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Tracking 'Assets' In The Distribution Business via the Information Technology (IT) Department


The increasing sophistication of logistics and distribution activities is leading more and more warehouse and distribution managers to invest in transportation assets – such as plastic tote bins, bottle pallets and roll cages. Being specifically designed for a particular application they can significantly reduce handling operations and costs. 

They can also be used to carry information such as contents, quantity, destination and storage requirements. Many retailers use hundreds of thousands of these containers in their supply chain, representing a significant financial investment; losses can be a significant financial burden. To cover this cost suppliers are often charged for their use. 

Due to their cost, these assets are designed to circulate within the distribution network resulting in a need for some means of tracking their whereabouts. These assets lend themselves to automated control and tracking.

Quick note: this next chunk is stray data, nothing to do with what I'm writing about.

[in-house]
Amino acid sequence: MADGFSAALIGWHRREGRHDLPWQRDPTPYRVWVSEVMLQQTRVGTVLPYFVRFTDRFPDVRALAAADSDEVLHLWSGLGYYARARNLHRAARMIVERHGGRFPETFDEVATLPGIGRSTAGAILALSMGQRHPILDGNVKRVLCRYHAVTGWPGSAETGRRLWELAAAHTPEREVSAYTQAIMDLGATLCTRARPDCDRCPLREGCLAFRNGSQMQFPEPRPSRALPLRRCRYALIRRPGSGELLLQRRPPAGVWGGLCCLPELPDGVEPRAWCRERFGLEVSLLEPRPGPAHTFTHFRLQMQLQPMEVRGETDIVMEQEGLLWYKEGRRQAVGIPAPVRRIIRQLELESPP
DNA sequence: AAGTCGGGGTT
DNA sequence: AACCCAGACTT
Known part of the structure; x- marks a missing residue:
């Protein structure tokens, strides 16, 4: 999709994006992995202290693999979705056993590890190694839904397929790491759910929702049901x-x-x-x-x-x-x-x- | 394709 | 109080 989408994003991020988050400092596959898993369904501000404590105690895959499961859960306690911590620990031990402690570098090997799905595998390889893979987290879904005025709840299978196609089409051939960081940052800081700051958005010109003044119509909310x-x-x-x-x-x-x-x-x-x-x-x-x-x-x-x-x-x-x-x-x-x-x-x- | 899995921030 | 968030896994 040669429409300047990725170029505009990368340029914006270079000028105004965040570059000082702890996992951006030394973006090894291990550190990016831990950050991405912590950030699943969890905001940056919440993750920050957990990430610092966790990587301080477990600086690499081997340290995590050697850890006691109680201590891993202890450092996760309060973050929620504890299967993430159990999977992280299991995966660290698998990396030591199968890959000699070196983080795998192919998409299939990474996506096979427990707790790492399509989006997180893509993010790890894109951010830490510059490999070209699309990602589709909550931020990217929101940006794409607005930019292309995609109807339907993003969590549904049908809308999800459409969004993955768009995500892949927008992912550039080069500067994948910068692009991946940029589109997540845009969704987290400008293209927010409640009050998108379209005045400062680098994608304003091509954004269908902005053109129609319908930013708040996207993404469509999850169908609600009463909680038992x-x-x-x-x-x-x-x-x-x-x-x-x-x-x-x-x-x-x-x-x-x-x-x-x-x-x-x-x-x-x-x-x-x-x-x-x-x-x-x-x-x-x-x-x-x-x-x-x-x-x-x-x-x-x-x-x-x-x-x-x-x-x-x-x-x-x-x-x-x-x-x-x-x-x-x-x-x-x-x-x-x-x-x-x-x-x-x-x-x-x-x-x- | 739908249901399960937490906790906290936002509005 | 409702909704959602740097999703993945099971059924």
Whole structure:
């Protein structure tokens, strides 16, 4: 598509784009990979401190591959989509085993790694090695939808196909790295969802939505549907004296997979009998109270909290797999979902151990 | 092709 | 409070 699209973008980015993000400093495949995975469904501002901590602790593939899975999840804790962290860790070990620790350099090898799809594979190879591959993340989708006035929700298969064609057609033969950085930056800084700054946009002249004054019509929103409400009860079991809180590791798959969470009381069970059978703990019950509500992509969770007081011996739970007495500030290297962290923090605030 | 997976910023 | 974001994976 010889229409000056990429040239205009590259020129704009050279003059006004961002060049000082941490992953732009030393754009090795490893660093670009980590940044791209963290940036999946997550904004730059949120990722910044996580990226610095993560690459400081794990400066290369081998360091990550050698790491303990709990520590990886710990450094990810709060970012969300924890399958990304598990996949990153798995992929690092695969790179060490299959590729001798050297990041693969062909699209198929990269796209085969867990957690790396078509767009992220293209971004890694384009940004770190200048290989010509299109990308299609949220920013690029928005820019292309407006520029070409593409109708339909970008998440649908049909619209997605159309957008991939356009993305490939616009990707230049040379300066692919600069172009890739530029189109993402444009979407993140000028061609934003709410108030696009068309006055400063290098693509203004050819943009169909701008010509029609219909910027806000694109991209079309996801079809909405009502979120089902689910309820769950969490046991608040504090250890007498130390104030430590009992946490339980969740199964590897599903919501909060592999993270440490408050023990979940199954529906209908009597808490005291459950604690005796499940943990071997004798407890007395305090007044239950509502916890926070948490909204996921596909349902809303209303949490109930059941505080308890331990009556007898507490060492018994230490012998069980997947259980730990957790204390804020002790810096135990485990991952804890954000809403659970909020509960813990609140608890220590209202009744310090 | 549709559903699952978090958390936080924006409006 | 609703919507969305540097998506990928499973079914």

IT systems provide essential tracking tools for these assets, monitoring multiple locations and pathways and networking across sites to provide a means of rationalizing the delivery of goods between suppliers and retailers. Product conveyances, too, represent an asset, for which optimized loading, journey scheduling and tracking are desirable. 

Radio-frequency (RF) tracking and wireless application protocol (WAP) technology, though not yet widely used because of the high costs of system implementation, lend themselves to improved asset tracking and offer significant advantages over conventional techniques. Delivery at the right price must involve greater use of IT and automated systems both in the warehouse and throughout the supply chain. 

For example, the speed of e-commerce development means that procurement, storage, delivery and fulfilment issues are assuming greater importance in business planning, and companies failing to integrate distribution and fulfilment plans into their wider business plan risk losing money through inefficient distribution operations. 

Specialist Containers - An Asset In Any Business